Winter break: Hawker centers

Let the eating commence!

Hawkers by the Clan Jetties
Late lunch at a hawker center by the Clan Jetties
Kuta BaliKuta BaliKuta BaliKuta BaliNasi LemakBamboo chicken at Kuta BaliBamboo chicken at Kuta BaliPeter eating Nasi LemakFilled pancakeSome dumplings
Above: Just a small photographic taste of the delicious excitement of Kuta Bali Cafe.
Hong Kong Cafe was also nearby, but our heart belonged to Kuta Bali
Hong Kong Cafe was just a stone’s throw from Kuta Bali, but we pledged our allegiance early on.

In Penang, eating at its most basic and cheapest is done at hawker centers, collections of food carts assembled around a large dinning area where people gather late into the night. The mood is festive and lively — we’re eating, hooray! — and sometimes there’s karaoke or dancing. Despite it’s simplicity, It’s a place where a meal is an event.

In general, the food from these humble carts is cheap, but no less than absolutely delicious. It’s a point of pride for some of the hawkers that their cart and their dish has been in their family for generations. Every kind of cuisine is represented: Indian, Chinese, Malay … even western — though, to be honest, none of the western food looked all that enticing to us.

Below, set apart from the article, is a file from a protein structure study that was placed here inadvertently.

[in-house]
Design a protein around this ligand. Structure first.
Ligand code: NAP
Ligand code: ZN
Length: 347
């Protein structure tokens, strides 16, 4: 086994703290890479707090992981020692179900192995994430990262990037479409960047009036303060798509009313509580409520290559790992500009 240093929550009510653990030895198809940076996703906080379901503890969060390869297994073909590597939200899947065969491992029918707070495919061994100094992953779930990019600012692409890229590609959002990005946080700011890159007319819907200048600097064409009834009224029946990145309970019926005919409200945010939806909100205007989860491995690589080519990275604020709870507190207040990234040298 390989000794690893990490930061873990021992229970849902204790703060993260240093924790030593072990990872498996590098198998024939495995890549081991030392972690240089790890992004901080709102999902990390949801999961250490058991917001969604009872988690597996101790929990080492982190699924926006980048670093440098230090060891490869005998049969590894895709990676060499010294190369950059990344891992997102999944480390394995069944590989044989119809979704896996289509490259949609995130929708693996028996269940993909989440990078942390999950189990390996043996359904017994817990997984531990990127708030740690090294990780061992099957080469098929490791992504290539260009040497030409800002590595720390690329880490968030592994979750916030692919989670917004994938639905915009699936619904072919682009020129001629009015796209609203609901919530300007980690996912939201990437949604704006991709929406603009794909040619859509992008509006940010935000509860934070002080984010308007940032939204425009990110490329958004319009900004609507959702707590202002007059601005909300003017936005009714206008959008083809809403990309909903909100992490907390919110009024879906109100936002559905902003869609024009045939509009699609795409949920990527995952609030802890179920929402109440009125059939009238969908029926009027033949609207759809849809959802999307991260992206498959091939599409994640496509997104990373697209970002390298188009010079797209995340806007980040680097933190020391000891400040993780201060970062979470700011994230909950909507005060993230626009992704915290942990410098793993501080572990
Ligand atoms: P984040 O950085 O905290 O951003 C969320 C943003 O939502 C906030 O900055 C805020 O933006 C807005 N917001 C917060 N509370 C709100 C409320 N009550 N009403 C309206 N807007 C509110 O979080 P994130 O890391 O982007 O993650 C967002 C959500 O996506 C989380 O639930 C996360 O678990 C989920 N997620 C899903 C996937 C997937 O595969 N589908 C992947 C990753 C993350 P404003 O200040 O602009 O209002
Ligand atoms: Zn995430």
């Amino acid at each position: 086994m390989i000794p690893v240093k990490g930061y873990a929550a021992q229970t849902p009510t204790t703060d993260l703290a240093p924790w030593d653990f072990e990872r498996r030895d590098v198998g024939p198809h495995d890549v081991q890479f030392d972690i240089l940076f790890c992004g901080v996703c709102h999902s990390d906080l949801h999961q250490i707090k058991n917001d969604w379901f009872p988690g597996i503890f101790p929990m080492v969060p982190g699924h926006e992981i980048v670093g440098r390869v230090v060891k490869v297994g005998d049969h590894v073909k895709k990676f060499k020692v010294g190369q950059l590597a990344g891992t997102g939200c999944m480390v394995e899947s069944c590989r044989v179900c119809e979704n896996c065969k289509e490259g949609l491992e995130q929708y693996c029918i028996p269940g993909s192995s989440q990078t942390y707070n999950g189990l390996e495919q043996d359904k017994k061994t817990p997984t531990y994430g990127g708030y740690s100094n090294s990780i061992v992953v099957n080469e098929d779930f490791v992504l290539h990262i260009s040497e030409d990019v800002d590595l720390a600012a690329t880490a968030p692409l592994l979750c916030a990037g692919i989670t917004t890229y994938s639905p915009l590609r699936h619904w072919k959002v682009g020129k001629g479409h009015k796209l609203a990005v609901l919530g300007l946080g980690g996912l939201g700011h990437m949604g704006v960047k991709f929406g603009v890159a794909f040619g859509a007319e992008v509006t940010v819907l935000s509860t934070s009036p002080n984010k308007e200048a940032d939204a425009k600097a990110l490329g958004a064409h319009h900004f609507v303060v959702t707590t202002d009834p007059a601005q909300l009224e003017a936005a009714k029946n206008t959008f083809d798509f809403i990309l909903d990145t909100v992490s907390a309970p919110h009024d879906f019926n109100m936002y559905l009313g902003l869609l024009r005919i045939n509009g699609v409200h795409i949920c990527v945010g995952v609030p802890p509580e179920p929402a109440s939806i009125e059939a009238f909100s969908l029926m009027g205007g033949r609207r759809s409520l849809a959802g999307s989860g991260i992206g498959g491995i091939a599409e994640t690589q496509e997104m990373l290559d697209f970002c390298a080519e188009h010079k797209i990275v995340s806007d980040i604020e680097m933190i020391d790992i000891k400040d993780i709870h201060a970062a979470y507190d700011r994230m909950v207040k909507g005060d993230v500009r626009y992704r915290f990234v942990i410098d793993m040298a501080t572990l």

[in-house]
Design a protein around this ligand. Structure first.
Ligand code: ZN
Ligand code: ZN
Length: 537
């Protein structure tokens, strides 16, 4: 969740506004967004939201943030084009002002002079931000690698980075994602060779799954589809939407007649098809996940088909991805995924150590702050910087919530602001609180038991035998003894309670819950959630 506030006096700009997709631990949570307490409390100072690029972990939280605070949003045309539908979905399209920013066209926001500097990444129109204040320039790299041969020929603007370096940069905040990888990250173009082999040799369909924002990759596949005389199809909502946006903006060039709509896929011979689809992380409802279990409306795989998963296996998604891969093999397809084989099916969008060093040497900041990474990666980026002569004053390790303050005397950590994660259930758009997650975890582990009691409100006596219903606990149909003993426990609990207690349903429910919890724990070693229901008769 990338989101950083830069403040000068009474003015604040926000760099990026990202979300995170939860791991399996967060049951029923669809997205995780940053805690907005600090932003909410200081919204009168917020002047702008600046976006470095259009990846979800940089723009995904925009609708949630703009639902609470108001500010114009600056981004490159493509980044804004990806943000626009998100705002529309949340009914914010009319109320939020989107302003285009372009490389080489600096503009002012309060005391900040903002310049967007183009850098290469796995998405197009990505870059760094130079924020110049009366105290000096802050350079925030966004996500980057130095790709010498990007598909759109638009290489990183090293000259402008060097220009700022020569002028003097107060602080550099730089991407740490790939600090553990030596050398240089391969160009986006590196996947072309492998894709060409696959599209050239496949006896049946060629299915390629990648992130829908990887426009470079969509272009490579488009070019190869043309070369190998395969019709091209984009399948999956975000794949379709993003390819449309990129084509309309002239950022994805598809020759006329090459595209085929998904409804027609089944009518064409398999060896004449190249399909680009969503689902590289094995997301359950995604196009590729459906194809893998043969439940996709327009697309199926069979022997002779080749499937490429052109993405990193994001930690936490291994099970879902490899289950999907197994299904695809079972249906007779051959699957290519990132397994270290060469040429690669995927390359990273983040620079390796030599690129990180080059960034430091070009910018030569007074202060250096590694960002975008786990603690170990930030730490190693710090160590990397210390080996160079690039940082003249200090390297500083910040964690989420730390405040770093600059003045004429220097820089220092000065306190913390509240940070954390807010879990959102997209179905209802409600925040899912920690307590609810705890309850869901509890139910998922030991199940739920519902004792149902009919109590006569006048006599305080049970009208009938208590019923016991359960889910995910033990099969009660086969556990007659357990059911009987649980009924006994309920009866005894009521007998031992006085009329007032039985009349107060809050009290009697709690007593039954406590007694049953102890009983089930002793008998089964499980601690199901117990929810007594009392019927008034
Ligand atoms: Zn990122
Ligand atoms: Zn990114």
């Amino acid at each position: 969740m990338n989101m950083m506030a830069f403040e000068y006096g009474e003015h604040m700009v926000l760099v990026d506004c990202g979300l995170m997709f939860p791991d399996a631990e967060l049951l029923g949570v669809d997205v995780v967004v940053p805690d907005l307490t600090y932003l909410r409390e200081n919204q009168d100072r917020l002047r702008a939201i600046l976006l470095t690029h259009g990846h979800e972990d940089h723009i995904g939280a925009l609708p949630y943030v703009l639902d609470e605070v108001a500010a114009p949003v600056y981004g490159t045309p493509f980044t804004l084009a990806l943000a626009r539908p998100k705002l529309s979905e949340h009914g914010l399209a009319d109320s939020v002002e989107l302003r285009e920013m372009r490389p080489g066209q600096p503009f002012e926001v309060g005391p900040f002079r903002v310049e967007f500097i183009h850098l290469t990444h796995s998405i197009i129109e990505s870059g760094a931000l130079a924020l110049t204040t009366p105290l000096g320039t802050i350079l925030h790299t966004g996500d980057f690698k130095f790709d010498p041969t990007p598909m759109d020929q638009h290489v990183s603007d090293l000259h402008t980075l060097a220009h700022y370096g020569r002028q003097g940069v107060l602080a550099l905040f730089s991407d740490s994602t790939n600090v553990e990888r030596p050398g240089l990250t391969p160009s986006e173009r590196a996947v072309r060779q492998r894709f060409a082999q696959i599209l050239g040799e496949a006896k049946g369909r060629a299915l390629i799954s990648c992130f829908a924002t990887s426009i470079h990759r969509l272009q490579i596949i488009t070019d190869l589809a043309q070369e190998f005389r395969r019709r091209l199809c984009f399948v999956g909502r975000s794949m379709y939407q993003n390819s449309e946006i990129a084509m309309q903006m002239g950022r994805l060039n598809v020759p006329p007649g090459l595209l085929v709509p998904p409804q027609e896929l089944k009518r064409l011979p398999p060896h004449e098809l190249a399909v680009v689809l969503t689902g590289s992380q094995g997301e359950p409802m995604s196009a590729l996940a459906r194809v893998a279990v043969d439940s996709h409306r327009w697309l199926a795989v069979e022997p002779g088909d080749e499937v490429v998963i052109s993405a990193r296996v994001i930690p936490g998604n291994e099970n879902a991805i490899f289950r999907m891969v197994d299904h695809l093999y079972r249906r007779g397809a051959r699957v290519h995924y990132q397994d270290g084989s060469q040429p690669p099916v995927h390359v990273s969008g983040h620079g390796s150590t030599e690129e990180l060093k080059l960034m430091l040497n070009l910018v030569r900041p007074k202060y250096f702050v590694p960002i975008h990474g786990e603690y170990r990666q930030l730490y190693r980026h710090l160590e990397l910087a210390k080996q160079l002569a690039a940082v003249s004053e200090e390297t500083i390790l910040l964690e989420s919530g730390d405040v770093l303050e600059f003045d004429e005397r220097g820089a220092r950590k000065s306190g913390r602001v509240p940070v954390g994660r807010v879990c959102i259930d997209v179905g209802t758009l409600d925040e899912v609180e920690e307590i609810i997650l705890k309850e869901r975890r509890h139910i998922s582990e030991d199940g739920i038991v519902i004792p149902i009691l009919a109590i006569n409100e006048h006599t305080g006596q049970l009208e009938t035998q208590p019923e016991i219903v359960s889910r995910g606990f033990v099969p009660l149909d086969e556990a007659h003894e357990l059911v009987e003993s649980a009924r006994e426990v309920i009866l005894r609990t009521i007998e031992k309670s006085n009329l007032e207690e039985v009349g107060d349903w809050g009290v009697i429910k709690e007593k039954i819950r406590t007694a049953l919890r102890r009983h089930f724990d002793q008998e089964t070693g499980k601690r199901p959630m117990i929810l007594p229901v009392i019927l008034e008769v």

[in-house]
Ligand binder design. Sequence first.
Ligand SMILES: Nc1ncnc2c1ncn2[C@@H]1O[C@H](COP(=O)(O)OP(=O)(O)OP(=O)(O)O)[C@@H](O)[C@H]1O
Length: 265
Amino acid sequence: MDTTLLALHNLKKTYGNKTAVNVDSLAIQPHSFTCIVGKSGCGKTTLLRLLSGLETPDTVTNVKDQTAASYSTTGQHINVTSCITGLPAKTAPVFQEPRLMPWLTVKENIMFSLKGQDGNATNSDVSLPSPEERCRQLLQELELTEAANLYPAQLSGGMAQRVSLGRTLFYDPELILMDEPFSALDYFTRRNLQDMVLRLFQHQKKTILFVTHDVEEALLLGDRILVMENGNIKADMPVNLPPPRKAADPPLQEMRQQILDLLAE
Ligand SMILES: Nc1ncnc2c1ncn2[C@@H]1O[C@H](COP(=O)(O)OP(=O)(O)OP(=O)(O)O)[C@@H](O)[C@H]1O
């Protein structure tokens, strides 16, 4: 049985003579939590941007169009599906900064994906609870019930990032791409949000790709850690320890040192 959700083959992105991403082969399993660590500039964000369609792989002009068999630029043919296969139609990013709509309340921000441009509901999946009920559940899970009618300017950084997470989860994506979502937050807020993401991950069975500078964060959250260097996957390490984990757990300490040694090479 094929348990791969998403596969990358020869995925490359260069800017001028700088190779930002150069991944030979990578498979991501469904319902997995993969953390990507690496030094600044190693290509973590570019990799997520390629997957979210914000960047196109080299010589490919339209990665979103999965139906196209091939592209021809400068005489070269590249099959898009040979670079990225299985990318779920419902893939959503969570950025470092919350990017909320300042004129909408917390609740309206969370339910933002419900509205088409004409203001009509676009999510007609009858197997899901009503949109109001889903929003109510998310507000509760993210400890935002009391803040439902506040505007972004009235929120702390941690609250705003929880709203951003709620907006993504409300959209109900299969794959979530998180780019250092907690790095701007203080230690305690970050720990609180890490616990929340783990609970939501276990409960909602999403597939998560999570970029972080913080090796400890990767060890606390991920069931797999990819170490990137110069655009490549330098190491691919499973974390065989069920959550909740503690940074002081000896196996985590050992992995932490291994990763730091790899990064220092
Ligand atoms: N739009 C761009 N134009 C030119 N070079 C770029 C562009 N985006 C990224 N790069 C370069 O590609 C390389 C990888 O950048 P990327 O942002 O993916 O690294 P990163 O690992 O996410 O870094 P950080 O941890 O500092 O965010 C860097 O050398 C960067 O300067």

There are a few famous centers around Penang that are listed in all the guidebooks, but take a walk and you’ll find one. We had three good ones on our block alone. We came to be quite attached to the Kuta Bali Cafe, a large and lively dining hall just a short walk from our hostel. We ended up there pretty much every night, for a meal, a drink, a late-night snack, or just to get one more taste of that wonderful dish we tried the night before. Going from cart to cart every night, we soon had compiled a long list of favorites.